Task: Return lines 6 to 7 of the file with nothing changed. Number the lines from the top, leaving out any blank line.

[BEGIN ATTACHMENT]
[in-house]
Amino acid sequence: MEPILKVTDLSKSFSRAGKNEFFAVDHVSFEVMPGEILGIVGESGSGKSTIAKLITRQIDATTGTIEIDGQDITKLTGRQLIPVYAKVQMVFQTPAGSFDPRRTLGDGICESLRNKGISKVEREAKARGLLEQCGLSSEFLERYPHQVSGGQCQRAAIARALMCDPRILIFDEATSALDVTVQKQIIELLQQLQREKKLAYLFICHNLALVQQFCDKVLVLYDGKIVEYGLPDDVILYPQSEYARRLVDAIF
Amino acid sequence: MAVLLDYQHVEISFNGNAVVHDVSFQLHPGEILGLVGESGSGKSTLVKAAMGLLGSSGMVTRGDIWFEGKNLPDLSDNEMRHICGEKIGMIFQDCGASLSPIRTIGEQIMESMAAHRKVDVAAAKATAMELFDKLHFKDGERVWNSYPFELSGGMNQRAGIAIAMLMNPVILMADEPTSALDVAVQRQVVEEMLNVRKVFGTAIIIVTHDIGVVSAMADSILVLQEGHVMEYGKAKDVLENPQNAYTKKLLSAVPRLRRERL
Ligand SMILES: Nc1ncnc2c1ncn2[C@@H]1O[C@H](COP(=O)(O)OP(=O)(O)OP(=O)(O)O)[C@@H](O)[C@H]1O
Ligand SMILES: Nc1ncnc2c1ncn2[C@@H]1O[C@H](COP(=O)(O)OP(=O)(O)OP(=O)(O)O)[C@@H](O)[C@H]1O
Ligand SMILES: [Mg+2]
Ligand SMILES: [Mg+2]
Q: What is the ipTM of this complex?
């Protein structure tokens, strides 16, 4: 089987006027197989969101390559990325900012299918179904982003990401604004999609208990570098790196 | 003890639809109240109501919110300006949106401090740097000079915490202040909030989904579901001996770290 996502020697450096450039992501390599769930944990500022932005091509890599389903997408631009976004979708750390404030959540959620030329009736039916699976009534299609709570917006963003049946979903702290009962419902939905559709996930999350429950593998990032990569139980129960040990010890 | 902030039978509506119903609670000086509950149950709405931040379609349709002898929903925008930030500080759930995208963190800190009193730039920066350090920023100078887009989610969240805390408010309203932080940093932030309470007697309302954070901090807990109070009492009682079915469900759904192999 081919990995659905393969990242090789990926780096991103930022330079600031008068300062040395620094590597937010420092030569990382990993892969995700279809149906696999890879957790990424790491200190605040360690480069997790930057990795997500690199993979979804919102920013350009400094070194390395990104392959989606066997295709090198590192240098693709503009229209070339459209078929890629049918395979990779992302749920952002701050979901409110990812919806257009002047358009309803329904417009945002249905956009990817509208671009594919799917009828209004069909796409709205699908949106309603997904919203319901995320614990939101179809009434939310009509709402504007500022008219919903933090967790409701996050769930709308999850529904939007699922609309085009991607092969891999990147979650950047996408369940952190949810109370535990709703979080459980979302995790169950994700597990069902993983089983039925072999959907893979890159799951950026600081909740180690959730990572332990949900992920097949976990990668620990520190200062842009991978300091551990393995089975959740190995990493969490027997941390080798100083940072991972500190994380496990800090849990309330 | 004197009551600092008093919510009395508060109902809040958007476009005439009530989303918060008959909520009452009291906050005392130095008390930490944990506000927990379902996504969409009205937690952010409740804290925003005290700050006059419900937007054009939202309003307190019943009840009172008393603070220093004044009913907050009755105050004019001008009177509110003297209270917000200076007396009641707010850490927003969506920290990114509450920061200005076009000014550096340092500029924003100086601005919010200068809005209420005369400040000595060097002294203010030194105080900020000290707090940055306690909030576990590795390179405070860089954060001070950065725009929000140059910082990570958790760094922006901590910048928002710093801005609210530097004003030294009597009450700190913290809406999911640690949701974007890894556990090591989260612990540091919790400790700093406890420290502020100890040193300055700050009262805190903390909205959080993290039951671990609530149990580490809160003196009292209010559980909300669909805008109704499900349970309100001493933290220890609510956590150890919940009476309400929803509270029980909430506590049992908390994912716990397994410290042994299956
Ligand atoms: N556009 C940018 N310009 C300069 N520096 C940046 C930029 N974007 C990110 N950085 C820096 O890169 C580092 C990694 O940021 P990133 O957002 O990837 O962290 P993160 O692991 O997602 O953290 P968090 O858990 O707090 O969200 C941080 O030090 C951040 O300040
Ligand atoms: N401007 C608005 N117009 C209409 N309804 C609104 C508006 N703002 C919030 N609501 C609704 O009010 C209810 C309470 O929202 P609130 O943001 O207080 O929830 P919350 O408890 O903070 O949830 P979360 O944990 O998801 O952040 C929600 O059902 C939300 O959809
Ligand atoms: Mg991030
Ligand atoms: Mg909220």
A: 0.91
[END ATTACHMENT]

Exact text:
Ligand SMILES: [Mg+2]
Ligand SMILES: [Mg+2]